1. ^ Bump, Philip (June 8, 2017). "Team Trump's official response to the Comey testimony – now, with context". The Washington Post. Retrieved June 8, 2017. President Trump's personal attorney Marc Kasowitz accused government employees, including former FBI director James Comey, of "actively attempting to undermine this administration with selective and illegal leaks of classified information and privileged communication," on June 8.
  2. ^ Fabian, Jordan (June 8, 2017). "Trump lawyer accuses Comey of 'improperly' leaking memo to press". The Hill. Retrieved June 8, 2017.
  3. ^ a b Noto, Anthony (May 24, 2017). "What you need to know about Trump lawyer Marc Kasowitz". Biz Journals. Retrieved June 8, 2017.
  4. ^ a b Sorkin, Andrew Ross (June 5, 2017). "Trump's Lawyer, Marc Kaswowitz: 'The Toughest of the Tough Guys'". The New York Times. Retrieved June 8, 2017.
  5. ^ a b "Marc Kasowitz and Mark Corallo depart Trump's legal team". CBS News. July 21, 2017. Retrieved July 21, 2017.
  6. ^ a b "Trump's lawyer in Russia probe has clients with Kremlin ties". The Washington Post.
  7. ^ "Obituaries: Kasowitz". Connecticut Jewish Ledger. January 14, 2015. Retrieved June 8, 2017.
  8. ^ a b c "Marc E. Kasowitz '77" (PDF). Cornell Law Forum. Cornell Law School. July 1998. Archived from the original (PDF) on August 5, 2016. Retrieved June 8, 2017.
  9. ^ a b Solomon, Daniel J. (May 23, 2017). "Trump Eyes Loyal Jewish Soldier As Lawyer, Defender In Russia Probe". The Forward. Retrieved June 8, 2017.
  10. ^ Trimble, Megan (May 24, 2017). "10 Things You Didn't Know About Marc Kasowitz: Attorney Marc Kasowitz and President Donald Trump have known each other for decades". US News. Retrieved June 8, 2017.
  11. ^ Beach, Randall (October 4, 2014). "Randall Beach: Kasowitz Antiques is back in business and so is Bernice". New Haven Register. Retrieved June 8, 2017.
  12. ^ a b "Marc Kasowitz helped Trump through bankruptcy and divorce. Now he's taking on the biggest case of his career". Los Angeles Times. May 24, 2017. Retrieved June 8, 2017.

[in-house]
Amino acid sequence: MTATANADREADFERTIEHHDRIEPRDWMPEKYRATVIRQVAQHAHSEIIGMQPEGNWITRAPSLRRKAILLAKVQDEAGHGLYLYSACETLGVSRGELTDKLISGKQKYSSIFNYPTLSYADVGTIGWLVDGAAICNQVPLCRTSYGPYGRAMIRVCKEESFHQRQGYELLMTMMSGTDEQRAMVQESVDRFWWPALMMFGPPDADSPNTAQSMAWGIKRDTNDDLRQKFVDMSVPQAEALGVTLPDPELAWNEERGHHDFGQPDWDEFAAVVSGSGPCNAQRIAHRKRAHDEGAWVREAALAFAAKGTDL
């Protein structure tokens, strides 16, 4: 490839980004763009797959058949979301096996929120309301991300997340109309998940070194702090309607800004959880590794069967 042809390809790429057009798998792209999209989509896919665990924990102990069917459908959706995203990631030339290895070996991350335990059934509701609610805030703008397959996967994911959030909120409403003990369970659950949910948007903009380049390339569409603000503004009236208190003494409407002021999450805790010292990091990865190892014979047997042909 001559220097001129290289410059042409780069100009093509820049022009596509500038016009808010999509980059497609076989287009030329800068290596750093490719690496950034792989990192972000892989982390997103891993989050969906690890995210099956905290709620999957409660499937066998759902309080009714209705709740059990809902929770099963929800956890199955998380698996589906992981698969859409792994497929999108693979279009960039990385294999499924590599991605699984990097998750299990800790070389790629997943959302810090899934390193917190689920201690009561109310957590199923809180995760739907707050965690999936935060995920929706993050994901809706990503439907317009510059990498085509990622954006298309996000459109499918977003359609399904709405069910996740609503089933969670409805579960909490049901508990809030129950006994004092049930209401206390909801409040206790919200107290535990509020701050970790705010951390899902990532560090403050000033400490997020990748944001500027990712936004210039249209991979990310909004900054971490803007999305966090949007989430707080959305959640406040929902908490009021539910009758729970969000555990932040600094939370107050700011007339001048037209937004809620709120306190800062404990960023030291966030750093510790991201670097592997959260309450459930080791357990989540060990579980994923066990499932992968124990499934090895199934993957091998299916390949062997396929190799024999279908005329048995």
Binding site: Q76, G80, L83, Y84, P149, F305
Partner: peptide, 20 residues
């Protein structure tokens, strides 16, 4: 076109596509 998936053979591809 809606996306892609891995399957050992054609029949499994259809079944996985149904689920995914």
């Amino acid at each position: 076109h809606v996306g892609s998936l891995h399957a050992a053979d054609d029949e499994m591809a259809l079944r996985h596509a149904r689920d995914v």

13. ^ Amon, Elizabeth (August 2004). "Fast Rise to the Top" (PDF). The American Lawyer. p. 11. Archived from the original (PDF) on July 13, 2011. Retrieved January 17, 2010.
  14. ^ Hartocollis, Anemona (October 27, 2005). "Port Authority Found Negligent in 1993 Bombing". The New York Times. Retrieved June 9, 2017.
  15. ^ "Bill O'Reilly's future at Fox News looks doubtful". Los Angeles Times. April 18, 2017. Retrieved June 8, 2017.
  16. ^ "Bill O'Reilly Is Forced Out at Fox News". The New York Times. April 19, 2017. Retrieved July 14, 2017.
  17. ^ Ruiz, Rebecca R.; LaFraniere, Sharon (June 11, 2017). "Role of Trump's Personal Lawyer Blurs Public and Private Lines". The New York Times. Retrieved June 12, 2017.
  18. ^ a b Harwell, Drew (October 16, 2016). "When Trump goes looking for a media brawl, this feared lawyer steps in". The Washington Post. Retrieved June 8, 2017.
  19. ^ "Marc Kasowitz is no stranger to Trump, but he is to Russia". Axios. January 26, 2009. Retrieved June 8, 2017.
  20. ^ Bernstein, Jesse. "Marc Kasowitz Wasn't Trump's Choice For Russia Defense". The Forward. Retrieved June 8, 2017.
  21. ^ "Who is Trump attorney Marc Kasowitz?". ABC News. May 29, 2017. Retrieved June 8, 2017.
  22. ^ "A Hard-Hitting Litigator, Kasowitz Goes to Bat for Trump". The American Lawyer. Retrieved June 8, 2017.
  23. ^ Eisinger, Jesse; Elliott, Justin (June 13, 2017). "Trump's Personal Lawyer Boasted That He Got Preet Bharara Fired". ProPublica. Retrieved June 13, 2017.
  24. ^ Devine, Curt (May 24, 2017). "Trump lawyer in Russia probes has Russian ties of his own". CNN. Retrieved June 8, 2017.
  25. ^ "Council Regulation (EU) No 833/2014 concerning restrictive measures in view of Russia's actions destabilising the situation in Ukraine". The Council of the European Union. July 31, 2014. Retrieved February 26, 2018.
  26. ^ "Announcement of Expanded Treasury Sanctions within the Russian Financial Services, Energy and Defense or Related Materiel Sectors". US Department of the Treasury. September 12, 2014. Retrieved February 26, 2018.
  27. ^ "Treasury Sanctions Individuals and Entities for Sanctions Evasion and Other Activities Related to Russia and Ukraine: Underscores U.S. Commitment To Work With The EU To Maintain The Efficacy Of Existing Sanctions Until Russia Fully Complies With Its International Obligations With Respect To Ukraine". US Department of the Treasury. December 22, 2015. Retrieved February 26, 2018.
  28. ^ "EU sanctions set to push up costs for Russia's Sberbank". Reuters. August 1, 2014. Retrieved July 14, 2017.
  29. ^ "Three years in: Status of the EU sanctions against Russia". Freshfields Bruckhaus Deringer. July 29, 2017. Retrieved July 14, 2017.
  30. ^ Elliott, Justin (July 11, 2017). "Trump's Russia Lawyer Isn't Seeking Security Clearance, And May Have Trouble Getting One". ProPublica. Retrieved July 13, 2017.
  31. ^ Elliott, Justin (July 13, 2017). "Trump Lawyer Marc Kasowitz Threatens Stranger in Emails: 'Watch Your Back, Bitch'". ProPublica. Retrieved July 13, 2017.
  32. ^ LaFraniere, Sharon (July 13, 2017). "Trump Lawyer Marc Kasowitz Will Apologize After Sending Email Threats". New York Times. Retrieved July 14, 2017.
  33. ^ "Kasowitzes Make 30th Reunion Gift". Cornell Law School. April 2007. Retrieved June 8, 2017. Cite journal requires |journal= (help)